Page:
Monthly Archives: February 2011

CBRIII Maneuver #9 – House of Suns

Target: Alastair Reynolds’ House of Suns

Profile: Hard Science Fiction, Space Opera

Summary: From the back of the book, “Six million years ago, at the dawn of the starfaring era, Abigail Gentian fractured herself into a thousand male and female clones, which she called shatterlings.  She sent them out into the galaxy to observe and document the rise and fall of countless human empires.  Since then, they gather every two hundred thousand years to exchange news and memories of their travels.  Only there is no thirty-second reunion.  Someone is eliminating the Gentian Line.  And now Campion and Purslane – two shatterlings who have fallen in love and shared experiences in a way forbidden to them – must determine exactly who, or what, their enemy is, before they are wiped out of existence…”

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A Brief Examination of ‘Hard’ SF

When I started pulling my thoughts together for my review of Alistair Reynolds’ House of Suns, I found myself getting bogged down in a pile of science fiction terminology and information that might be useful for people who aren’t big SF readers, but just slows down the book review.  So I thought I’d break up the review into a quick examination of the subject matter, followed by the review of the actual literary work.  We’ll see how this goes.

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CBRIII Maneuver #8 – Pattern Recognition

Target: William Gibson’s Pattern Recognition

Profile: Contemporary Fiction, Suspenseful Thriller

Summary: From the inside cover, “Cayce Pollard is a new kind of prophet – a world-renowned “coolhunter” who predicts the hottest trends.  While in London to evaluate the redesign of a famous corporate logo, she’s offered a different assignment: find the creator of the obscure, enigmatic video clips being uploaded on the Internet – footage that is generating massive underground buzz worldwide.”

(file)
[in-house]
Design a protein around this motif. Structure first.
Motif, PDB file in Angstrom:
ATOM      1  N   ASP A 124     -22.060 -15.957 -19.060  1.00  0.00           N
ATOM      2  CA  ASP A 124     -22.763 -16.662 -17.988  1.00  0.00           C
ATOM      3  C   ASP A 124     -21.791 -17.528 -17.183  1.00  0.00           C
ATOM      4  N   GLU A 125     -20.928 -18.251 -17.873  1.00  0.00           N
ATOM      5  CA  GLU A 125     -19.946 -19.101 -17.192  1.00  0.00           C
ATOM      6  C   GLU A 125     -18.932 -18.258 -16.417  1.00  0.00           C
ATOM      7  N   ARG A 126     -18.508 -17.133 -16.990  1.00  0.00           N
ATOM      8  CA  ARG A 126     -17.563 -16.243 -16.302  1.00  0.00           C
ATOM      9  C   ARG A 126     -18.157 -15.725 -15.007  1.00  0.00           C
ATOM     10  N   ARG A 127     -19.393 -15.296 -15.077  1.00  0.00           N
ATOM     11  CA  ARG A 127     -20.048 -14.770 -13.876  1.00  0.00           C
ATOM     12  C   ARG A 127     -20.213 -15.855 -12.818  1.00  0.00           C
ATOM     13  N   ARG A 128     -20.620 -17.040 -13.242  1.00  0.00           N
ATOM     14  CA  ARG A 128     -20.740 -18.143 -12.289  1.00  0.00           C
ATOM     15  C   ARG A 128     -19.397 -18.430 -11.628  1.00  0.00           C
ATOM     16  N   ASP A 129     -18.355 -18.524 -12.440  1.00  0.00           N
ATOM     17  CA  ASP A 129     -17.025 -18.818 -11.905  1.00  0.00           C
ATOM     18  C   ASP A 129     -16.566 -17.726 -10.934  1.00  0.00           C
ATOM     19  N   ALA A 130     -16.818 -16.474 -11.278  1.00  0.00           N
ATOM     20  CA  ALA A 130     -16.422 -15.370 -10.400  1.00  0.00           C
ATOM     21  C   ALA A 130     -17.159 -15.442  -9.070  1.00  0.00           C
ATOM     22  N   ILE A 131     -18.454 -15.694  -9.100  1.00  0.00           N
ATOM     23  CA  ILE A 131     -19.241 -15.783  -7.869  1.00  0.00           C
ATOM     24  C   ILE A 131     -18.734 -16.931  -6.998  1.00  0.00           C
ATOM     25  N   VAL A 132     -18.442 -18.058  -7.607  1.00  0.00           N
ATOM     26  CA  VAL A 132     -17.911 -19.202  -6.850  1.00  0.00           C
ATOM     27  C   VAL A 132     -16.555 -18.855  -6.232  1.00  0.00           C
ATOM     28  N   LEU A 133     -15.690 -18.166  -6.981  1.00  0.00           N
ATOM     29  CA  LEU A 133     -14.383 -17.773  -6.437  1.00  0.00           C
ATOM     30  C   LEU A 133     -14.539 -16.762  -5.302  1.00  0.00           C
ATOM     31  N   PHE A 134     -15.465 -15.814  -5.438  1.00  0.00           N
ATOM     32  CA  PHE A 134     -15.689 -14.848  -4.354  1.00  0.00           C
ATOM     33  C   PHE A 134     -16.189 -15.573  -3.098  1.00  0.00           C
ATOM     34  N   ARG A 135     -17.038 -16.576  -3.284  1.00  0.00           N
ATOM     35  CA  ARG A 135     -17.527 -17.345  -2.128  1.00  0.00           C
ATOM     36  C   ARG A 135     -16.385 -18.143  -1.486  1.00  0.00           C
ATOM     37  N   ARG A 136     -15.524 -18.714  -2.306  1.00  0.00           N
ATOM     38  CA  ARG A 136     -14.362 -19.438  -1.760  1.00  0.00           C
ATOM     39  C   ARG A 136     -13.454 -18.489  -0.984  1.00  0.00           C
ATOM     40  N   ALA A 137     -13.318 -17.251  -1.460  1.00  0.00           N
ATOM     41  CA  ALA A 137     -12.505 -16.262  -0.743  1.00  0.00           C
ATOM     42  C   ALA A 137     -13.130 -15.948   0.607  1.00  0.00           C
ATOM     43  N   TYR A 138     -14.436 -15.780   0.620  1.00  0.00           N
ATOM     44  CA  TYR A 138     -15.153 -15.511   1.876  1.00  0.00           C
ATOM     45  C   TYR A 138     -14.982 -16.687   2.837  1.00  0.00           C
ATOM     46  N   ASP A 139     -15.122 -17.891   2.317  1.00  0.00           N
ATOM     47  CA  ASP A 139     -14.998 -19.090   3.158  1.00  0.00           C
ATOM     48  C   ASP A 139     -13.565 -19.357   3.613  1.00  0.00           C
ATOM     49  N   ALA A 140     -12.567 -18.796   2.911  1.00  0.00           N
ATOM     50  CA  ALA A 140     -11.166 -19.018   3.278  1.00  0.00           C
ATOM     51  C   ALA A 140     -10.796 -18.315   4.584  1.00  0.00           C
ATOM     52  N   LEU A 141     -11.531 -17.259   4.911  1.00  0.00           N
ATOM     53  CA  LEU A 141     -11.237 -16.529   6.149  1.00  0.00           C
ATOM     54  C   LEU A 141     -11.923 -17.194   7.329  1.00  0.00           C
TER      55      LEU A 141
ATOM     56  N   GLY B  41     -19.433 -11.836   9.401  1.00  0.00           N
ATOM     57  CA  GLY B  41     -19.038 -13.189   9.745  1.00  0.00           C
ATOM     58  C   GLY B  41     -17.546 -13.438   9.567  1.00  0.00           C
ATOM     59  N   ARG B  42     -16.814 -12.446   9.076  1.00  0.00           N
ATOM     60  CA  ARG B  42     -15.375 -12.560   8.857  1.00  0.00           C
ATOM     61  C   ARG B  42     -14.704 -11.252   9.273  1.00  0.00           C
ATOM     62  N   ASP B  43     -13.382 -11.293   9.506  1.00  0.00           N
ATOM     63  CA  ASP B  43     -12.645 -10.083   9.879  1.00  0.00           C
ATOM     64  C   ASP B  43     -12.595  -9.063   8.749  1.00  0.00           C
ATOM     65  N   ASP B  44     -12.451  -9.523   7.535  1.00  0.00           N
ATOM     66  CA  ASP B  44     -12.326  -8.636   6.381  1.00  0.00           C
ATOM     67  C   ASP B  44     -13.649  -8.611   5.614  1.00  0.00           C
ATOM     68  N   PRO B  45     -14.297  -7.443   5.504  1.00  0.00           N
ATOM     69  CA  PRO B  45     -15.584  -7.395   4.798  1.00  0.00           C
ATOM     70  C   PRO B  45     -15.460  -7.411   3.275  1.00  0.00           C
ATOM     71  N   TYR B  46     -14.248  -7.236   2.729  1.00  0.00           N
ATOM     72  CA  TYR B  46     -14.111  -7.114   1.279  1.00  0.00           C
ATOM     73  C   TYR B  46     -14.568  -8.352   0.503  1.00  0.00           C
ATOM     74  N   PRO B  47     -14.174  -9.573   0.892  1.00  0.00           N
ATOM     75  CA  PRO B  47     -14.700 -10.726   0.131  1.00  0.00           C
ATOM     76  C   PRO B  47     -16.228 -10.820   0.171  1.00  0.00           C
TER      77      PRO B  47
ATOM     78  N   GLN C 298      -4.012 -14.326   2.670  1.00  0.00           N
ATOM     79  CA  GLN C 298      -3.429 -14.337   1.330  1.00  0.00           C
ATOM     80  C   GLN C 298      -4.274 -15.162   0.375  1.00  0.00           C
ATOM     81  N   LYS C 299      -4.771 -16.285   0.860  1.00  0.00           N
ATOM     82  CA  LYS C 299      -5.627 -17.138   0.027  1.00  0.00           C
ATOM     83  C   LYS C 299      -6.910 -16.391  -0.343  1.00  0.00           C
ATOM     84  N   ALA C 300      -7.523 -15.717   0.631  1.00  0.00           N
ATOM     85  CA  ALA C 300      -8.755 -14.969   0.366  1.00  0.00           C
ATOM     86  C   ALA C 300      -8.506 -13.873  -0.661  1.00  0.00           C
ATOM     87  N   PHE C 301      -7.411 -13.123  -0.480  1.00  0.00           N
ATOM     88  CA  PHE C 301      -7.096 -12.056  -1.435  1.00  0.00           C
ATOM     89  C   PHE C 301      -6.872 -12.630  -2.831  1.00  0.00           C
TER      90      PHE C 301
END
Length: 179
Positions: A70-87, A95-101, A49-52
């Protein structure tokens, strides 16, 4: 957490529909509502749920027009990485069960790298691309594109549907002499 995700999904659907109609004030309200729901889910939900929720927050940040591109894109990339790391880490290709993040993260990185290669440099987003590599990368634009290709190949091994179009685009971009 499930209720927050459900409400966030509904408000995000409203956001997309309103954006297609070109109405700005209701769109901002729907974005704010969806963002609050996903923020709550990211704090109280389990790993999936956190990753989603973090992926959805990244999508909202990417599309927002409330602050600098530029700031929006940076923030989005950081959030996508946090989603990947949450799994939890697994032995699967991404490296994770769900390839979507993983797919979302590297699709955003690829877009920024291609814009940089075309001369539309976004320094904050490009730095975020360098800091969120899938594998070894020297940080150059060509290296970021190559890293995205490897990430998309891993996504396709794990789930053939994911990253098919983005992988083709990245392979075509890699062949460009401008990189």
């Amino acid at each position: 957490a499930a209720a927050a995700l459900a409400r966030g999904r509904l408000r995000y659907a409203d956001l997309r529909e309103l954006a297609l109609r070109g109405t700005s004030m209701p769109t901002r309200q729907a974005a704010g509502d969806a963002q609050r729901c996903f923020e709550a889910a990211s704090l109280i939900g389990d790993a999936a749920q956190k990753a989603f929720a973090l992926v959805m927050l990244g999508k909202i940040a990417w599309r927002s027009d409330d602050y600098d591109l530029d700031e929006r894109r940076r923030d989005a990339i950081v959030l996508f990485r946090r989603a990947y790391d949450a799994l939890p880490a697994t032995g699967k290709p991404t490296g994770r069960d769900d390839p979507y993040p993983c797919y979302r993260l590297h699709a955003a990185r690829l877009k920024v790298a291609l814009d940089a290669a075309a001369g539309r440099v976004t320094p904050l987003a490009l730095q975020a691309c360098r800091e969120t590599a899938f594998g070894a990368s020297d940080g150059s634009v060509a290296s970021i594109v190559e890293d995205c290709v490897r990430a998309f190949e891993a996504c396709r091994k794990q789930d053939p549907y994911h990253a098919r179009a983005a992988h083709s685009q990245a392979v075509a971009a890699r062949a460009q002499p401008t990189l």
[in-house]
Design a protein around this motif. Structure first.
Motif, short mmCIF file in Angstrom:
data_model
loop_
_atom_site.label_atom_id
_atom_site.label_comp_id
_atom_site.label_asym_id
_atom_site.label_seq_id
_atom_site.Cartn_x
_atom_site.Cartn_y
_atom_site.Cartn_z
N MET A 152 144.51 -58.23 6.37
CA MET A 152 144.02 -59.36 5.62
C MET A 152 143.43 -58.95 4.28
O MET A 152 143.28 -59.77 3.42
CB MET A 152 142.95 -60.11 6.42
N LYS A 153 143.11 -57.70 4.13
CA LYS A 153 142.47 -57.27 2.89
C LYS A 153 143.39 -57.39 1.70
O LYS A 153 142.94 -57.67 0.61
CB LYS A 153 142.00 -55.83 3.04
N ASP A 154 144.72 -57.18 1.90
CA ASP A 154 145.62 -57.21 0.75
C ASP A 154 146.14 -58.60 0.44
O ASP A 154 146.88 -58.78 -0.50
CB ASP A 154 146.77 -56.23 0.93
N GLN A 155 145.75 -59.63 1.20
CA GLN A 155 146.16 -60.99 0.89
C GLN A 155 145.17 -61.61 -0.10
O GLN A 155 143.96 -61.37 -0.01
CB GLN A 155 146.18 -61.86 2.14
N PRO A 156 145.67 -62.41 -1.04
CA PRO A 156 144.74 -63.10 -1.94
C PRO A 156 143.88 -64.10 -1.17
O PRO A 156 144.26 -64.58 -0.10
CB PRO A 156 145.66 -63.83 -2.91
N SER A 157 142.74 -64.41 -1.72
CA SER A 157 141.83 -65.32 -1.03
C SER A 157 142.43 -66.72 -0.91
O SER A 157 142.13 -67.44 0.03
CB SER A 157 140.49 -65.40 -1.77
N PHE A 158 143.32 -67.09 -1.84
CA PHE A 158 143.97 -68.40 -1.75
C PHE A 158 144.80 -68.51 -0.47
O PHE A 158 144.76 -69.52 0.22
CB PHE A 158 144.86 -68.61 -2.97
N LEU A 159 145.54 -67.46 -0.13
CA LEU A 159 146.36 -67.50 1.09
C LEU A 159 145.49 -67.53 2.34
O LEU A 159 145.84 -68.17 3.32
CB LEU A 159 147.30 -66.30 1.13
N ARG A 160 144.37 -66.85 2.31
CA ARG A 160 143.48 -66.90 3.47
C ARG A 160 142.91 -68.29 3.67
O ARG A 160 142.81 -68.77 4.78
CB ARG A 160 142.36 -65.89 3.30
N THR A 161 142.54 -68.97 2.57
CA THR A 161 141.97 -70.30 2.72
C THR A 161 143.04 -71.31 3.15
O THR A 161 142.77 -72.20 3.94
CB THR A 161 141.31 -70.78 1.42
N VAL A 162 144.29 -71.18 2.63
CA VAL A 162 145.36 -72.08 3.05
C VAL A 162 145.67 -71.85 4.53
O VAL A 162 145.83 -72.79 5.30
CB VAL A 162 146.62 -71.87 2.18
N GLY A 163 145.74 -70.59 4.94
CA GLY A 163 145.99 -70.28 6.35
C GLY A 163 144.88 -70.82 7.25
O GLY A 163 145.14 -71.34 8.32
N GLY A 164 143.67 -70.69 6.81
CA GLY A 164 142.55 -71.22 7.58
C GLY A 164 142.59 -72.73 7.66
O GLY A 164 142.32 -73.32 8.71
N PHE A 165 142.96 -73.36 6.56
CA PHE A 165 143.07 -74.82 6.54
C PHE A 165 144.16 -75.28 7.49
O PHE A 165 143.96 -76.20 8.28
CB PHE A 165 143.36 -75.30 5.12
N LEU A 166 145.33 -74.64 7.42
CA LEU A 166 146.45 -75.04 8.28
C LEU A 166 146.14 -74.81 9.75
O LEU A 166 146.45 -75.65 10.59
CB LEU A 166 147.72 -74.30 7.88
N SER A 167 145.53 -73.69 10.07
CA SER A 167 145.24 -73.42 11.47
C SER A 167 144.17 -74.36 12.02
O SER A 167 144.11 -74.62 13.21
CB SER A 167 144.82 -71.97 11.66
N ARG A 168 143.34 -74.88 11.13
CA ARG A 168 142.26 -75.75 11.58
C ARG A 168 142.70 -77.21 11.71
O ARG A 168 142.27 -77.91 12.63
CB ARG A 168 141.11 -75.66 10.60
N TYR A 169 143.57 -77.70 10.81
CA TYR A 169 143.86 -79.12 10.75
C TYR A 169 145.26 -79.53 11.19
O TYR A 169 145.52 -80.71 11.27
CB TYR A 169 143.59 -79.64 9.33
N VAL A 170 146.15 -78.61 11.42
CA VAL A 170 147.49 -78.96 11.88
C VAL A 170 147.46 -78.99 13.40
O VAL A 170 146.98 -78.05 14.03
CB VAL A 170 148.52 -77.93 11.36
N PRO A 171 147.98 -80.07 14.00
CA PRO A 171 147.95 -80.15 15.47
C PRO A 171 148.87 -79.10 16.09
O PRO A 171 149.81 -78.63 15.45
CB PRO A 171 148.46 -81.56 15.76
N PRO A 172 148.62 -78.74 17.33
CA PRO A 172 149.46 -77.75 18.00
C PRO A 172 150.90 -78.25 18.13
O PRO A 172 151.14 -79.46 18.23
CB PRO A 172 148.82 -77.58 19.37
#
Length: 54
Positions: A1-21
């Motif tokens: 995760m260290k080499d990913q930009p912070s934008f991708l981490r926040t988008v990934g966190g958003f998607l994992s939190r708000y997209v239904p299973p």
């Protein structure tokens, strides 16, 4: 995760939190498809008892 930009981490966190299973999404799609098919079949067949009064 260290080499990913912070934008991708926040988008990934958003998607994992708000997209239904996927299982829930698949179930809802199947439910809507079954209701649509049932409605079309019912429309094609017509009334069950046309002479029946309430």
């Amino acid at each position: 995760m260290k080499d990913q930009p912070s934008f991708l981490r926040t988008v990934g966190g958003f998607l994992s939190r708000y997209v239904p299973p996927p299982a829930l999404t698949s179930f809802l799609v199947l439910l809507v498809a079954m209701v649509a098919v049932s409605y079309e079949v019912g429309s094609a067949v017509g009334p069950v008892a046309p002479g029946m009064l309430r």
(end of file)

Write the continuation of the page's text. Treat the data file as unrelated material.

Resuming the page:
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CBRIII Maneuver #7 – Harmony

Target: Itoh Satoshi’s Harmony

Profile: Speculative Fiction, Utopian/Dystopian, Medical Fiction

Summary: From the back of the book, “In the future, Utopia has finally been achieved thanks to medical nanotechnology and a powerful ethic of social welfare and mutual consideration.  This perfect world isn’t that perfect though, and three young girls stand up to totalitarian kindness and super-medicine by attempting suicide via starvation.  It doesn’t work, but one of the girls – Tuan Kirie – grows up to be a member of the World Heath Organization.  As a crisis threatens the harmony of the new world, Tuan rediscovers another member of the suicide pact, and together they must help save the planet… from itself.”


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CBRIII Maneuver #6 – Being Wrong

Target: Katheryn Schulz’s Being Wrong

Profile: Non-fiction, Popular Philosophy

Summary: From the back of the book, “To err is human.  Yet most of us go through life assuming (and sometimes insisting) that we are right about nearly everything, from the origins of the universe to how to load the dishwasher.  In Being Wrong, journalist Kathryn Schulz explores why we find it so gratifying to be right and so maddening to be mistaken.  Drawing on thinkers as varied as Augustine, Darwin, Freud, Gertrude Stein, Alan Greenspan, and Groucho Marx, she shows that error is both a given and a gift – one that can transform our worldviews, our relationships, and ourselves.”

Vital Stats:
Pages: 339 plus 46 pages of notes
Difficulty: 6 out of 10
Rating: 5/5

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